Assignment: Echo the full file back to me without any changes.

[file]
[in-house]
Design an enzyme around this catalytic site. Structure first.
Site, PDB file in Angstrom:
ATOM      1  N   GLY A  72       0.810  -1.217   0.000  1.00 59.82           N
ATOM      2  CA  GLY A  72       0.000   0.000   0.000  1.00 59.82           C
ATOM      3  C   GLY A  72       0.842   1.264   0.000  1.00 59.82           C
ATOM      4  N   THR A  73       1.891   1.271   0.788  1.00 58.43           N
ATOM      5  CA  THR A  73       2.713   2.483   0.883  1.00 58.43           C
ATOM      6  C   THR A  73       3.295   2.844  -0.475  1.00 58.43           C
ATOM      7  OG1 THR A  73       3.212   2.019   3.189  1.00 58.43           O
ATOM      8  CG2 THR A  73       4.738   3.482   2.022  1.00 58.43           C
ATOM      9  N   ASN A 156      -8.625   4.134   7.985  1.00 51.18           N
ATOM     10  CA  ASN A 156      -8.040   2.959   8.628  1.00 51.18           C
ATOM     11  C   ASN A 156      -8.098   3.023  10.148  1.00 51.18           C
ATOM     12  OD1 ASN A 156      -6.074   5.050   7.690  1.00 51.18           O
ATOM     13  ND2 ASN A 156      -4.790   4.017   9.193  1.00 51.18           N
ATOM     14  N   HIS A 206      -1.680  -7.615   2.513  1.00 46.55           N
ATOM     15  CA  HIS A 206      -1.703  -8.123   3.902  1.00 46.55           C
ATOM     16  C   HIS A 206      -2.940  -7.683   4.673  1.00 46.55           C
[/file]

[in-house]
Design an enzyme around this catalytic site. Structure first.
Site, PDB file in Angstrom:
ATOM      1  N   GLY A  72       0.810  -1.217   0.000  1.00 59.82           N
ATOM      2  CA  GLY A  72       0.000   0.000   0.000  1.00 59.82           C
ATOM      3  C   GLY A  72       0.842   1.264   0.000  1.00 59.82           C
ATOM      4  N   THR A  73       1.891   1.271   0.788  1.00 58.43           N
ATOM      5  CA  THR A  73       2.713   2.483   0.883  1.00 58.43           C
ATOM      6  C   THR A  73       3.295   2.844  -0.475  1.00 58.43           C
ATOM      7  OG1 THR A  73       3.212   2.019   3.189  1.00 58.43           O
ATOM      8  CG2 THR A  73       4.738   3.482   2.022  1.00 58.43           C
ATOM      9  N   ASN A 156      -8.625   4.134   7.985  1.00 51.18           N
ATOM     10  CA  ASN A 156      -8.040   2.959   8.628  1.00 51.18           C
ATOM     11  C   ASN A 156      -8.098   3.023  10.148  1.00 51.18           C
ATOM     12  OD1 ASN A 156      -6.074   5.050   7.690  1.00 51.18           O
ATOM     13  ND2 ASN A 156      -4.790   4.017   9.193  1.00 51.18           N
ATOM     14  N   HIS A 206      -1.680  -7.615   2.513  1.00 46.55           N
ATOM     15  CA  HIS A 206      -1.703  -8.123   3.902  1.00 46.55           C
ATOM     16  C   HIS A 206      -2.940  -7.683   4.673  1.00 46.55           C